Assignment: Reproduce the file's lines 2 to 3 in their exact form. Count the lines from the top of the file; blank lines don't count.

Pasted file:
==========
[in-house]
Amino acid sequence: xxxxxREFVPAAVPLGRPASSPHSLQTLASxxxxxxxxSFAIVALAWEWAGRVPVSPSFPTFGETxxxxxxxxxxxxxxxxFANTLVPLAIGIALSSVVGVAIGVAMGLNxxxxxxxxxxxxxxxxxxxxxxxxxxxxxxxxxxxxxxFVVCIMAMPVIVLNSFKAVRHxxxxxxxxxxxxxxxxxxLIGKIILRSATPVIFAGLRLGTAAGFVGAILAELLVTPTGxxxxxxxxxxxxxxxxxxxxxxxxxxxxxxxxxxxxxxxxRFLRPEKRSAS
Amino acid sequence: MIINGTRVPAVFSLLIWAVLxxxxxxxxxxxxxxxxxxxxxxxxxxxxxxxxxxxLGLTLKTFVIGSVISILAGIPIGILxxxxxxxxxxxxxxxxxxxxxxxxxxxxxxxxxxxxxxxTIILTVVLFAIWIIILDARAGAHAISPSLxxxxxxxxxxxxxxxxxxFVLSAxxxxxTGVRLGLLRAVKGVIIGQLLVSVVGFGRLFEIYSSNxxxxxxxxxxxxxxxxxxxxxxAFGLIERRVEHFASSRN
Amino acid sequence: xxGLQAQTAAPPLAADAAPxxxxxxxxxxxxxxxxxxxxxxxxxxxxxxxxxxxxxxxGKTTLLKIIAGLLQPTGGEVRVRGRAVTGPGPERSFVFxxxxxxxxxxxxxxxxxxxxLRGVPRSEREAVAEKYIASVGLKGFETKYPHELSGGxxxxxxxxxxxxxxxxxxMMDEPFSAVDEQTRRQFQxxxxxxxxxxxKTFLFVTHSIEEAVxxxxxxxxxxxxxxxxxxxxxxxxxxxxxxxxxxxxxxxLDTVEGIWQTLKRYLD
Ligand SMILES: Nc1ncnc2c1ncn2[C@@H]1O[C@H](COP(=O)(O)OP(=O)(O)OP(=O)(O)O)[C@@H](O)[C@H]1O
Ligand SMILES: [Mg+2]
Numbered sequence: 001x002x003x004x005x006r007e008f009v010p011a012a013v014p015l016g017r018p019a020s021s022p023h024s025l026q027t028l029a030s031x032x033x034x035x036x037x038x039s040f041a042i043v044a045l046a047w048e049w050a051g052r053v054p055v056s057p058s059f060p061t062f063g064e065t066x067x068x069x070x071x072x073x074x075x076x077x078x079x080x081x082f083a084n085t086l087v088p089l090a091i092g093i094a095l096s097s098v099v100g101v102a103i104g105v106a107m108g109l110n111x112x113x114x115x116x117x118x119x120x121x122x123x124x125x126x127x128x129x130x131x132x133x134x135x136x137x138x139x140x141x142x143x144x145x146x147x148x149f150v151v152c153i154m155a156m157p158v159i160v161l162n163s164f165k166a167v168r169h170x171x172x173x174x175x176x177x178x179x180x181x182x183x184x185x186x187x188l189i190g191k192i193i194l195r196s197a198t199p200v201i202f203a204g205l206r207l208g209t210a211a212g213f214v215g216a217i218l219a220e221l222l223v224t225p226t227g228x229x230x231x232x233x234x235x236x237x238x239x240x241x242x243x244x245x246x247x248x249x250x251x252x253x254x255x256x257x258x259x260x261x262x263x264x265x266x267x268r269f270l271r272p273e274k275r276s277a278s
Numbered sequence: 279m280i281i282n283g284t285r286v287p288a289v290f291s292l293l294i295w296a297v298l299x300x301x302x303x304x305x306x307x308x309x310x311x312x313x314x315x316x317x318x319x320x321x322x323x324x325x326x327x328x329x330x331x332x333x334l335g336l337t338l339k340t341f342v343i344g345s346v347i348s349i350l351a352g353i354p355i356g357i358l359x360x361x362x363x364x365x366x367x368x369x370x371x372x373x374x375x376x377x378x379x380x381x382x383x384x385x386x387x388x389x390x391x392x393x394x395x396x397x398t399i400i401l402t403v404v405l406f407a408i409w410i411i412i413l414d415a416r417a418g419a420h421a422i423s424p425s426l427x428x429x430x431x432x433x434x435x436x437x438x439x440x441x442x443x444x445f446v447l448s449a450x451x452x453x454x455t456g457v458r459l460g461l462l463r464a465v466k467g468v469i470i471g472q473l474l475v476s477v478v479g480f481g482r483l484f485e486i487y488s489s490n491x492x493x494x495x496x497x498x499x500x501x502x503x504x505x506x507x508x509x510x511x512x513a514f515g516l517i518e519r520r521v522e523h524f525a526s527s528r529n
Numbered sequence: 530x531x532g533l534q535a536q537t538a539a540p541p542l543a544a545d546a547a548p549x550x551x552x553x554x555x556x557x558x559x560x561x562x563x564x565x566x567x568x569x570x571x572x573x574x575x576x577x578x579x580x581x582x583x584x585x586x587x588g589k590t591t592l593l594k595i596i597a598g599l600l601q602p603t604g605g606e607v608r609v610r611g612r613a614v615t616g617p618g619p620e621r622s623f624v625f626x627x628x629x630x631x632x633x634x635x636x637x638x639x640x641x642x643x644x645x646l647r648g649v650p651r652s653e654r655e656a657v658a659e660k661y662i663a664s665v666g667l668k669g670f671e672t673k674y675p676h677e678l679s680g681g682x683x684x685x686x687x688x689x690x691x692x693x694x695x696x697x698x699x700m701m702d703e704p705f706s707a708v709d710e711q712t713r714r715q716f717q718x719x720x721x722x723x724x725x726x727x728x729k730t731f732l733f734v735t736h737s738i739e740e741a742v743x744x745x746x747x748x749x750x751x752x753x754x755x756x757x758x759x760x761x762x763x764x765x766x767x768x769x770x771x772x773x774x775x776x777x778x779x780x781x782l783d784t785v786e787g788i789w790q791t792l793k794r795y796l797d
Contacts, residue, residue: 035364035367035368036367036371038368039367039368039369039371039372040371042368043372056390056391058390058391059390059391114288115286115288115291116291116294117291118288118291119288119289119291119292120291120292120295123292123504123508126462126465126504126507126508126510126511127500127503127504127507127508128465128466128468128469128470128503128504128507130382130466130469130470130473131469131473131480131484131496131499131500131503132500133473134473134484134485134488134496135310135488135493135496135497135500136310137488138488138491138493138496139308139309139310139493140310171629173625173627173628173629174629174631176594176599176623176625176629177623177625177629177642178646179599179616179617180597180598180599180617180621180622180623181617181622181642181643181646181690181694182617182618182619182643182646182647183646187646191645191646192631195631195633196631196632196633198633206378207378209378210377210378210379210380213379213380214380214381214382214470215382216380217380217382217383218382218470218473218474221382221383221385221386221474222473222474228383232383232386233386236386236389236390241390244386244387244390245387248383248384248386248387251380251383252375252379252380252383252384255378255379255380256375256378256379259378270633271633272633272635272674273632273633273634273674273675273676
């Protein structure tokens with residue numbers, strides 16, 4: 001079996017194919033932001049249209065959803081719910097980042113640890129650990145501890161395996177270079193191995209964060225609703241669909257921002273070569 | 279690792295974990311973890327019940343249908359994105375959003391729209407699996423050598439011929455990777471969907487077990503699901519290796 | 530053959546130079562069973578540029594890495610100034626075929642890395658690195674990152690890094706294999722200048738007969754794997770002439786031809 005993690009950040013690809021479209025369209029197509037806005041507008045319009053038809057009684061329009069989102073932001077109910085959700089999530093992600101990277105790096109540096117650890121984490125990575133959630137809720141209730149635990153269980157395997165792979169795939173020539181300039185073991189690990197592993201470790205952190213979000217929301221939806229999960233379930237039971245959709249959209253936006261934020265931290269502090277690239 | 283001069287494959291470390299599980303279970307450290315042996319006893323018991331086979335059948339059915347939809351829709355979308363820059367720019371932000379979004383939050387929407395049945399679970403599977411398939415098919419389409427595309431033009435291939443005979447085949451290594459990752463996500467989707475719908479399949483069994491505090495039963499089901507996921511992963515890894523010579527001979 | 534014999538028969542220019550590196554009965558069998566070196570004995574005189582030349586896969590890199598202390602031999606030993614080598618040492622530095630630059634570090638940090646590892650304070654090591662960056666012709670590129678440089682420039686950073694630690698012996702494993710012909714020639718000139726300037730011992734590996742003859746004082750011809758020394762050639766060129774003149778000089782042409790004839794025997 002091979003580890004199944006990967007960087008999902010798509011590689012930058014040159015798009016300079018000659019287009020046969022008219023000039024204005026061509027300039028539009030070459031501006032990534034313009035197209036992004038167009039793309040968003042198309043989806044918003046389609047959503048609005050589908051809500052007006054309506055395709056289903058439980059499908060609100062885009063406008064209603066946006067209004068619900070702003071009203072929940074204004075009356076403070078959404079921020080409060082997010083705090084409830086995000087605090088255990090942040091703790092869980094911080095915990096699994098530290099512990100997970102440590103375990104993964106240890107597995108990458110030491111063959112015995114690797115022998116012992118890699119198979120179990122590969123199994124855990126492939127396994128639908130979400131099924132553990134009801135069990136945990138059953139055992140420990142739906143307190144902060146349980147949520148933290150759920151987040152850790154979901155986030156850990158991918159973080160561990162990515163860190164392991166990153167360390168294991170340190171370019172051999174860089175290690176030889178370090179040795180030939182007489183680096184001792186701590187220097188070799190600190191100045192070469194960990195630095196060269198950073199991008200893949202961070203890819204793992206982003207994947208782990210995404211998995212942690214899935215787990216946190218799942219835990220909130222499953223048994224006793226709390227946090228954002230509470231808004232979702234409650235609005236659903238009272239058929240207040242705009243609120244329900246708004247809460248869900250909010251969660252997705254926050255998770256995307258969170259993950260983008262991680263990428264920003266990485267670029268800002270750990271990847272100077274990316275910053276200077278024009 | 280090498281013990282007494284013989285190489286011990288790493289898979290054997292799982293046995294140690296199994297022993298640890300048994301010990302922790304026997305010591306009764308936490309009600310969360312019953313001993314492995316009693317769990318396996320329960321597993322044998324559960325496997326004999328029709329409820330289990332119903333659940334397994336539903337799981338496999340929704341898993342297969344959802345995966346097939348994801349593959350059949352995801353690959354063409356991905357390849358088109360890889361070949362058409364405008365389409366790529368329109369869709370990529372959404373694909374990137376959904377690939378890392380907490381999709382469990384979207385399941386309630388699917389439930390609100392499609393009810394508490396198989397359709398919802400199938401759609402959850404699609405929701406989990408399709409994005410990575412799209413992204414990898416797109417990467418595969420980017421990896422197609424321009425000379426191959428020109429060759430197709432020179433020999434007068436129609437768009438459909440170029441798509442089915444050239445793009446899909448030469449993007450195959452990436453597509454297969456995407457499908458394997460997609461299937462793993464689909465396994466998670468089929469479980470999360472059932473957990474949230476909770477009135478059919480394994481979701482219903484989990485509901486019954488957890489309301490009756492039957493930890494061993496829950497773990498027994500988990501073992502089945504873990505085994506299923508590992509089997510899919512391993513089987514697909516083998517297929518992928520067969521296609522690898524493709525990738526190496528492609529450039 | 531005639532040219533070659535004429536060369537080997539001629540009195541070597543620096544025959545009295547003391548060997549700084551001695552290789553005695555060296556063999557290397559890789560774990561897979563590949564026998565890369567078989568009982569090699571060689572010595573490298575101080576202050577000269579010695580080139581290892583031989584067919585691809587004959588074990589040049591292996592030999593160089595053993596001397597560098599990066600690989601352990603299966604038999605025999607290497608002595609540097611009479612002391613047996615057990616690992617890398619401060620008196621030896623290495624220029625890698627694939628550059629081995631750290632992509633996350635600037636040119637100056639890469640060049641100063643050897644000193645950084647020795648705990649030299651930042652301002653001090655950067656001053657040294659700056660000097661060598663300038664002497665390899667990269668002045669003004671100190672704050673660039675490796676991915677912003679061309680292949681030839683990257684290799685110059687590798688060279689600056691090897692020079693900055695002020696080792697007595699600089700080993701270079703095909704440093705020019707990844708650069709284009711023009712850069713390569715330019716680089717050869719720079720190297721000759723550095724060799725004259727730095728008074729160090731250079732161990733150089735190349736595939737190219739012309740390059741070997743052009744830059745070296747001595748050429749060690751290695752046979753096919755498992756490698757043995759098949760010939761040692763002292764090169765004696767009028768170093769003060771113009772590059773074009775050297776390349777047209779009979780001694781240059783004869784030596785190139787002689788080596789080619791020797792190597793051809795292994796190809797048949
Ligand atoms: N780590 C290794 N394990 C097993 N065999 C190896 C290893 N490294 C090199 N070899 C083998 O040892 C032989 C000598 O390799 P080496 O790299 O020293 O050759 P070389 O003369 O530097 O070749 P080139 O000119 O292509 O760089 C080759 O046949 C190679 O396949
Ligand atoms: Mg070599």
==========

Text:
Amino acid sequence: xxxxxREFVPAAVPLGRPASSPHSLQTLASxxxxxxxxSFAIVALAWEWAGRVPVSPSFPTFGETxxxxxxxxxxxxxxxxFANTLVPLAIGIALSSVVGVAIGVAMGLNxxxxxxxxxxxxxxxxxxxxxxxxxxxxxxxxxxxxxxFVVCIMAMPVIVLNSFKAVRHxxxxxxxxxxxxxxxxxxLIGKIILRSATPVIFAGLRLGTAAGFVGAILAELLVTPTGxxxxxxxxxxxxxxxxxxxxxxxxxxxxxxxxxxxxxxxxRFLRPEKRSAS
Amino acid sequence: MIINGTRVPAVFSLLIWAVLxxxxxxxxxxxxxxxxxxxxxxxxxxxxxxxxxxxLGLTLKTFVIGSVISILAGIPIGILxxxxxxxxxxxxxxxxxxxxxxxxxxxxxxxxxxxxxxxTIILTVVLFAIWIIILDARAGAHAISPSLxxxxxxxxxxxxxxxxxxFVLSAxxxxxTGVRLGLLRAVKGVIIGQLLVSVVGFGRLFEIYSSNxxxxxxxxxxxxxxxxxxxxxxAFGLIERRVEHFASSRN